In a major policy reversal, the Obama administration has said it will no longer defend the constitutionality of a US law banning recognition of same-sex marriage.
Attorney General Eric Holder said President Barack Obama has concluded that the administration cannot defend the federal law that defines marriage as only between a man and a woman.
He noted that the congressional debate during passage of the Defence of Marriage Act "contains numerous expressions reflecting moral disapproval of gays and lesbians and their intimate and family relationships - precisely the kind of stereotype-based thinking and animus" the US constitution is designed to guard against.
The Justice Department had defended the act in court until now.
The move quickly drew praise from some Democrats in Congress but a sharp response from the spokesman for Republican John Boehner, the leader of the House of Representatives.
"While Americans want Washington to focus on creating jobs and cutting spending, the president will have to explain why he thinks now is the appropriate time to stir up a controversial issue that sharply divides the nation," said Mr Boehner's spokesman Michael Steel.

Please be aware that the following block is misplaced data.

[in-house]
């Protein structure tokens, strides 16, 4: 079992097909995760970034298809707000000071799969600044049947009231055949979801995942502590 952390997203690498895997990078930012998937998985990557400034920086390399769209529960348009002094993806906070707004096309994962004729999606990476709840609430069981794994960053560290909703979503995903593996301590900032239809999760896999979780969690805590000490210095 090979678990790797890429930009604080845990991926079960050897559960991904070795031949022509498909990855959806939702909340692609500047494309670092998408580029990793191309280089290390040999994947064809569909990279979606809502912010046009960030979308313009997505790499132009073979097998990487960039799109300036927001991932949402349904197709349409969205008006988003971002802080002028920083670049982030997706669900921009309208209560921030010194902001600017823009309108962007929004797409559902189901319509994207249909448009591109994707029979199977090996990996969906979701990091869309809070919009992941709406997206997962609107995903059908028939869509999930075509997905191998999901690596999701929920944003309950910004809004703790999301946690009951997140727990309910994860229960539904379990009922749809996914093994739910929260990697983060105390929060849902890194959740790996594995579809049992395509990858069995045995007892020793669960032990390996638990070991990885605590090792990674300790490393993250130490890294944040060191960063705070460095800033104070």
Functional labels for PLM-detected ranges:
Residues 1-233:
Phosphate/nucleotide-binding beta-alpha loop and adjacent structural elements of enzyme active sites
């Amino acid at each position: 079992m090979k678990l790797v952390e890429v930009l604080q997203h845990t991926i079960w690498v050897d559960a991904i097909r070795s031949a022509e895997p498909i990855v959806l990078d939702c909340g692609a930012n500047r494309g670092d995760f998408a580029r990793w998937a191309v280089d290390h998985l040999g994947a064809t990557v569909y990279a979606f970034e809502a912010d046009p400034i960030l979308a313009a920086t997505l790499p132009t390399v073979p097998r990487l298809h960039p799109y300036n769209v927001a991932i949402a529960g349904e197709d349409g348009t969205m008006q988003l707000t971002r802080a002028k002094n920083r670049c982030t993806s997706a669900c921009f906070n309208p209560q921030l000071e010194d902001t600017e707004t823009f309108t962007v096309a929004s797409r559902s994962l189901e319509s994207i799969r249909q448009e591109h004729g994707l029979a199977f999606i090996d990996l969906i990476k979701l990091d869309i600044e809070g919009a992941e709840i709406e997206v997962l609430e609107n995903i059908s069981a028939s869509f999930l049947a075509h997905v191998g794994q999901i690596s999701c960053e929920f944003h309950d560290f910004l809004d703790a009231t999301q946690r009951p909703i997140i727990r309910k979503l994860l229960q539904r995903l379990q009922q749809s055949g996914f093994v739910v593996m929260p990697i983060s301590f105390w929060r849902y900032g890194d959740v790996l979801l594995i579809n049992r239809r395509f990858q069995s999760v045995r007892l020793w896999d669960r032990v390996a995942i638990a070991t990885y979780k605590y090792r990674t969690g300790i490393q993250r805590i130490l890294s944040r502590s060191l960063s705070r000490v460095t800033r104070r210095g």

Gay groups, which had long pressured the administration to take a step like this, were pleased.
Rea Carey, executive director of the National Gay and Lesbian Task Force, called the policy change "a tremendous step toward recognising our common humanity and ending an egregious injustice against thousands of loving, committed couples who simply want the protections, rights and responsibilities afforded other married couples. We thank the Obama administration".
Mr Obama's move may position him politically at the forefront of rising public support for gay marriage.
Polling results can vary rather significantly depending on what words are used to describe gay marriage, but there is a gradual trend in public opinion toward more acceptance of gay marriage.